For evaluation, we provided the NCI EVS domain experts, who manage the NCI Thesaurus, with 55 potentially missing IS-A relations identified by our approach. 29 out of 55 were confirmed by EVS experts and have been incorporated in the newer version of the NCI Thesaurus. Table 3 lists ten examples of valid missing IS-A relations verified by EVS experts, including “Glycine Encephalopathy” IS-A “Congenital Nervous System Disorder” and “Congenital Vena Cava Abnormality” IS-A “Congenital Cardiovascular Abnormality”. The detailed evaluation results can be found in Additional file 1: Appendix 1.

Table 3 Ten examples of valid missing IS-A relations confirmed by EVS experts

Discussion

In this work, we combined role definitions and lexical features to suggest missing IS-A relations in the NCI Thesaurus. The evaluation results showed that our hybrid approach is promising in identifying missing IS-A relations. From the true positives, such as “Glycine Encephalopathy” IS-A “Congenital Nervous System Disorder” and “Cutaneous Pseudolymphoma” IS-A “Non-Neoplastic Skin Disorder”, we found that using enriched lexical features for subconcepts helps recognize meanings related to the concepts that cannot be caught from their own concept names.

Analysis of false positives

Even though our approach correctly suggested missing IS-A relations in the majority of the cases (i.e., 29 out of 55), there were still cases where the approach made incorrect suggestions. By reviewing such invalid IS-A relation suggestions, we identified two major causes for them. The detailed causes for all the false positives are included in Additional file 2: Appendix 2.

The first cause is that the existence of erroneous IS-A relations in the NCI Thesaurus has led to invalid missing IS-A suggestions. For example, our approach suggested “Carcinosarcoma of the Mouse Prostate Gland” IS-A “Carcinoma of the Mouse Prostate Gland” mainly based on an existing IS-A relation “Carcinosarcoma of the Mouse Prostate Gland” IS-A “Mouse Carcinoma”. However, as stated by EVS experts, “carcinosarcoma” is not a kind of “carcinoma”. Thus, the existing IS-A relation on which we rely to derive the missing IS-A relation is incorrect, and it has been fixed by EVS experts in the newer release of the NCI Thesaurus. In total, 7 out of 26 false positive cases fell into this cause. In such cases, even though our suggestions of missing IS-A relations were incorrect, they further revealed problems within the existing hierarchy of the NCI thesaurus that in turn helped improve the quality of the NCI thesaurus.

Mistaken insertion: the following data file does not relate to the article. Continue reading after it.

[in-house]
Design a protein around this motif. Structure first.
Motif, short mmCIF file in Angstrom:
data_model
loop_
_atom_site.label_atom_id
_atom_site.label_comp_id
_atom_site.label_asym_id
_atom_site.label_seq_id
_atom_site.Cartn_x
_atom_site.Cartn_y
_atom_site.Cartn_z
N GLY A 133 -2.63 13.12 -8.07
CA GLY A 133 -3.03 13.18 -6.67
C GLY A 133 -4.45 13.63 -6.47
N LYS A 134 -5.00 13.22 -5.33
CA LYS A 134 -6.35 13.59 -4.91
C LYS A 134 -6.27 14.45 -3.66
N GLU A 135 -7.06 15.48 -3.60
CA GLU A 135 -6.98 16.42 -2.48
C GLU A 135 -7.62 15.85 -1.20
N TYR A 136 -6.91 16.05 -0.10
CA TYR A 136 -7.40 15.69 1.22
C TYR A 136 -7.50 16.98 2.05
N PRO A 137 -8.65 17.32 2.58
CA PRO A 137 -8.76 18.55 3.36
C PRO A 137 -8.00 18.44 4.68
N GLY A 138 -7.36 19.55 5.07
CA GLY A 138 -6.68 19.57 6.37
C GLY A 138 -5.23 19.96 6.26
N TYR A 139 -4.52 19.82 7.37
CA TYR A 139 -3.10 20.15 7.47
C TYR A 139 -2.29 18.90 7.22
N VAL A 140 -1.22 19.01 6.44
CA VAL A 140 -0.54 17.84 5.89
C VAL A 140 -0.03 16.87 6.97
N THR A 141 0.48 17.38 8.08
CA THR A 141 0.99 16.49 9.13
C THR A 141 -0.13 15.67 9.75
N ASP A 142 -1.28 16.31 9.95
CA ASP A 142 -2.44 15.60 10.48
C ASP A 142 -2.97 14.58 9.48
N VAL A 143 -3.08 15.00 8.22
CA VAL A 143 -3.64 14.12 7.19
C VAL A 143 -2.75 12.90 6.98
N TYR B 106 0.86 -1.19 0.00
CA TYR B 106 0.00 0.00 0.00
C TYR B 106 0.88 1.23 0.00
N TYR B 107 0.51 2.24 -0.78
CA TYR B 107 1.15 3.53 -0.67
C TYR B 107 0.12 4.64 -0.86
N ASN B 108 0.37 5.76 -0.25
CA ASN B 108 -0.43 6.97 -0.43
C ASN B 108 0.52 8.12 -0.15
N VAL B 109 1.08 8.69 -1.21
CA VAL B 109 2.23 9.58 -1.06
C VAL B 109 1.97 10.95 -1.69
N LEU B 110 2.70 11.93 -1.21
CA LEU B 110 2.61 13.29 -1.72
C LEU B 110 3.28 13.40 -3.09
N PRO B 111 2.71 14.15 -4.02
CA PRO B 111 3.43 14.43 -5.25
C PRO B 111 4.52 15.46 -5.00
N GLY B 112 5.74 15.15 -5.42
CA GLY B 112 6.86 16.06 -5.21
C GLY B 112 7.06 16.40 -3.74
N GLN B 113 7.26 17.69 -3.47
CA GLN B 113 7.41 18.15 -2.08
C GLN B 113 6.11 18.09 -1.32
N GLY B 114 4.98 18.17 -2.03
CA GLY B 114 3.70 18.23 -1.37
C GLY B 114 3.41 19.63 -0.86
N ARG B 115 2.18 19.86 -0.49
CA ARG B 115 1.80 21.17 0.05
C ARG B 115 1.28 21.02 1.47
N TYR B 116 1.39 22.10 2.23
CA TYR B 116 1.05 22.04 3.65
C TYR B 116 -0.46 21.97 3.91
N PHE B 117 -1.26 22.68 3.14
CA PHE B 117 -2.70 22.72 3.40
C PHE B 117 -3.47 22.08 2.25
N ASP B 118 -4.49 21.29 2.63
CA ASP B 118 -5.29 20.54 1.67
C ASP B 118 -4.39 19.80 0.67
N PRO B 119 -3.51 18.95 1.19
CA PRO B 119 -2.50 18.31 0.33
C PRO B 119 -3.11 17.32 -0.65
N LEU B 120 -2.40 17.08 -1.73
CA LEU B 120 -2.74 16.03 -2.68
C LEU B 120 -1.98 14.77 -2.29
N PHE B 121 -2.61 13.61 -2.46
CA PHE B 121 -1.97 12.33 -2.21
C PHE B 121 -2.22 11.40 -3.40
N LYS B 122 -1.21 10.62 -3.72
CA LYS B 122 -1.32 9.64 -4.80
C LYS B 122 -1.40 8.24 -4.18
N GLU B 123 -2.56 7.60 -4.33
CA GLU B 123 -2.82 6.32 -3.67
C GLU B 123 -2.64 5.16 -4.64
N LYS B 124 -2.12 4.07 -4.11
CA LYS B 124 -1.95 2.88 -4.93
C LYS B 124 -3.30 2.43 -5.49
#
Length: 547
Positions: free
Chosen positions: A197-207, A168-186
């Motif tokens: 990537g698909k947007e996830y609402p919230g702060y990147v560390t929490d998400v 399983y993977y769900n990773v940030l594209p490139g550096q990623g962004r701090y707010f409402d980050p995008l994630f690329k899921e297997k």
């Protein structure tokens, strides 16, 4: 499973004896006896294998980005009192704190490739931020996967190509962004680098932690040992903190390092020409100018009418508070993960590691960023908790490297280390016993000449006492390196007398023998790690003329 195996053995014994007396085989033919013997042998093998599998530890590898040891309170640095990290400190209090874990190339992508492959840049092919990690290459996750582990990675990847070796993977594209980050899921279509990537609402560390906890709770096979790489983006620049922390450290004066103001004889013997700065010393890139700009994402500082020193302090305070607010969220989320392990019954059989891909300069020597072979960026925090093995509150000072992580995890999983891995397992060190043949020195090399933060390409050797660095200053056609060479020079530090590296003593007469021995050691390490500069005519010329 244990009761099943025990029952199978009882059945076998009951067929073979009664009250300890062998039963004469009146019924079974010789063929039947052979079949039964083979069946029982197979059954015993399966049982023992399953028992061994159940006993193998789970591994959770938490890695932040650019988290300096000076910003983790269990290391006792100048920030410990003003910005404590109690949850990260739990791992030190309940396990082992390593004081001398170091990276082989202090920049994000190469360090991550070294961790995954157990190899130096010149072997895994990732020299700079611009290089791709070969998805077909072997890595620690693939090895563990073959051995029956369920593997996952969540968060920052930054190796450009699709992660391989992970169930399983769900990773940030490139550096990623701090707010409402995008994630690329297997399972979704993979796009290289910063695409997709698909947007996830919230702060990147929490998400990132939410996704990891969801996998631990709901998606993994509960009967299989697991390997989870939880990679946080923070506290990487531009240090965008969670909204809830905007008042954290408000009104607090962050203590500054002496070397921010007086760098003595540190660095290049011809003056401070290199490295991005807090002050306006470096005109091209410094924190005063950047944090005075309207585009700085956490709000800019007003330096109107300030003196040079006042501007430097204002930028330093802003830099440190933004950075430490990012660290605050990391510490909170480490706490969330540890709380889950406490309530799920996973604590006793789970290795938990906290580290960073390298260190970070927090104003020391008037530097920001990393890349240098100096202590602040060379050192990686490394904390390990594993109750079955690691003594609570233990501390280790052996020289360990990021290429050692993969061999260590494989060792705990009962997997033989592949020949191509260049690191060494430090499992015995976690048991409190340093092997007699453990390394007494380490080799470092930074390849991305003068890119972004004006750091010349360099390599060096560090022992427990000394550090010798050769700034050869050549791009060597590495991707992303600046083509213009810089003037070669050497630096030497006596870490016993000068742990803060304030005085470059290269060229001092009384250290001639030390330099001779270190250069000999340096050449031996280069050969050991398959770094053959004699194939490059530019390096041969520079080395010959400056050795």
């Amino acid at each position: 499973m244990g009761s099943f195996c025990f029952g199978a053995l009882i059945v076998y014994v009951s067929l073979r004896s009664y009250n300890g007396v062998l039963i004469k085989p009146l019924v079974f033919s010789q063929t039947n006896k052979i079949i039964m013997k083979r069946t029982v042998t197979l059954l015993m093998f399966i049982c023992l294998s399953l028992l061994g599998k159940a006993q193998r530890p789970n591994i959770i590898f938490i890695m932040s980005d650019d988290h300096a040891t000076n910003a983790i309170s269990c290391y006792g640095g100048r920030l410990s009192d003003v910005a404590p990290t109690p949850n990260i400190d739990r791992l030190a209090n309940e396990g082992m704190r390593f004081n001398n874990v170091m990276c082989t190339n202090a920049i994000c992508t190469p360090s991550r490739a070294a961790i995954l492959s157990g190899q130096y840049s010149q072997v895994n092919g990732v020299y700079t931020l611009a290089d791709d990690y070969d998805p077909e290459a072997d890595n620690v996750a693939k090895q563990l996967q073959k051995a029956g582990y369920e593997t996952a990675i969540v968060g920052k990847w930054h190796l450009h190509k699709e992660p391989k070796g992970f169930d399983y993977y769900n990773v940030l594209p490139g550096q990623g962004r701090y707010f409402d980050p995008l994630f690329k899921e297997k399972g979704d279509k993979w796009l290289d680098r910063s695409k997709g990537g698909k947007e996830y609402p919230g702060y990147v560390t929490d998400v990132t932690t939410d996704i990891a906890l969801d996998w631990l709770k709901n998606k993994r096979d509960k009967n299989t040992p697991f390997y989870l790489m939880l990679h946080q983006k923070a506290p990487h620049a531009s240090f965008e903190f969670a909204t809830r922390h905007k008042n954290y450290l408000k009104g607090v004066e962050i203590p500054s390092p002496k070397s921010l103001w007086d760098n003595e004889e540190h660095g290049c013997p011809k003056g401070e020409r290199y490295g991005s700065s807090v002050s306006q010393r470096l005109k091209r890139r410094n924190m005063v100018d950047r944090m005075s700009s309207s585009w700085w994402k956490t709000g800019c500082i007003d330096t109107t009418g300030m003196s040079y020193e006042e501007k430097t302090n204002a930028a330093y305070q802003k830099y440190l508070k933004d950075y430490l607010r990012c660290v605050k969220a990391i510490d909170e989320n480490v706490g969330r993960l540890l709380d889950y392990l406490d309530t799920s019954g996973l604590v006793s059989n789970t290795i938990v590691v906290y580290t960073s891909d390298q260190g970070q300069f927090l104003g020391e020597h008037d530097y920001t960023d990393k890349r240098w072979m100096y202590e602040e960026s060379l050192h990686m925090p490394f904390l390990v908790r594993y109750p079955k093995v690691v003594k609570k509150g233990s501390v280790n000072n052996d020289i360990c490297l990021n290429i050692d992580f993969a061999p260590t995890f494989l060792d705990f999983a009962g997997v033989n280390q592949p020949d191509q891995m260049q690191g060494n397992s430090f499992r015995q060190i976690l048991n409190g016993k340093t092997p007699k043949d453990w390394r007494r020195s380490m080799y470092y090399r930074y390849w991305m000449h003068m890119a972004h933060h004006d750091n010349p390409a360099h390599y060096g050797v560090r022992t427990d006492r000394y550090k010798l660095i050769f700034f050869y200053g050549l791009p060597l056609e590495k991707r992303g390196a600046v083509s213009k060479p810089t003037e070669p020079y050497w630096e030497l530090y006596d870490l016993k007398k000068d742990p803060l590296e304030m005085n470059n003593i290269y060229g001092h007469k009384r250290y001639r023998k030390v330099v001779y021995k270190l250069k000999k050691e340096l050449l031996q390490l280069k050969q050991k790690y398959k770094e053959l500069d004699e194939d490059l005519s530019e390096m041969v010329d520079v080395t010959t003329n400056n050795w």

Secondly, since we only adopted original lexical features (\(C_{bow}\), \(C_r\)) for superconcepts during subsumption testing, the meanings beyond the original lexical features and logical definitions may cause incorrect missing IS-A relations to be suggested. Consider the false positive “Diffuse Pulmonary Lymphangiomatosis” IS-A “Pulmonary Vascular Disorder”. The subconcept is a kind of “neoplasm”, however, the superconcept has an ancestor “Non-Neoplastic Lung Disorder”. Since a neoplasm cannot be a subtype of a non-neoplastic disorder, this suggestion is invalid. Other similar cases include: “Conjunctival Kaposi Sarcoma” IS-A “Conjunctival Vascular Disorder” and “Retinal Hemangioma” IS-A “Retinal Vascular Disorder”. Since meanings like “non-neoplastic” can be found in the enriched lexical features of superconcepts (i.e., inherited from ancestors), a natural question would be: Whether adopting enriched lexical features for both concepts within candidate pairs during lexical-based subsumption testing can improve the performance of our method?

To study this, we further utilized enriched lexical features of superconcept and subconcepts in lexical-based subsumption checking. Therefore, in order for an IS-A relation to be suggested, the enriched lexical features of the subconcept now should also contain the original lexical features of the superconcept’s ancestors. In total, 45 missing IS-A relations were identified in this setting. The result was found to be a subset of our previous result. One exception is that a missing IS-A relation was considered redundant but became non-redundant as some missing IS-A relations are no longer included in the result. Since the IS-A relation was redundant to a valid IS-A relation, this IS-A relation is also considered as valid. Among those 45 missing IS-A relations, 29 were valid IS-A relations, and the number of true positives went down by 3 but the number of false positives went down by 7. We noticed that some false positives in the format of “neoplasm” IS-A “non-neoplastic” still appeared in the result because the role definitions of the superconcepts are not sufficient (i.e., incompleteness). For example, “Kidney Lymphangioma” IS-A “Kidney Vascular Disorder”. The superconcept “Kidney Vascular Disorder” should be a “non-neoplastic” disorder, however, in the role definition, none of its ancestors is “non-neoplastic” disorder and none of its associative roles indicates that it is not a kind of “neoplasm”. Another example is “Brain Astrocytoma” IS-A “Brain Disorder”. Therefore, adopting enriched lexical features for both superconcept and subconcept during lexical-based subsumption checking can improve the performance, but only slightly due to the incompleteness of role definitions.

Comparison with other approaches

Existing approaches for auditing IS-A relations can be roughly classified into the following categories: structural-based, lexical-based, structural-lexical-based, and machine learning-based. Our hybrid approach in this work falls into the category of structural-lexical-based.

Structural-based approaches utilize the relations between concepts. For instance, abstraction networks (AbNs) [8, 26, 27], which group concepts based on shared outgoing attribute relationships, have been extensively studied to identify problematic areas in ontologies that may contain quality issues, including missing IS-A relations. However, manual review of problematic areas by domain experts are needed to locate and uncover the exact quality issues. Our approach in this work not only identifies problematic areas (i.e., non-lattice subgraphs), but also automatically suggests missing IS-A relations (the actual quality issues) in the problematic areas.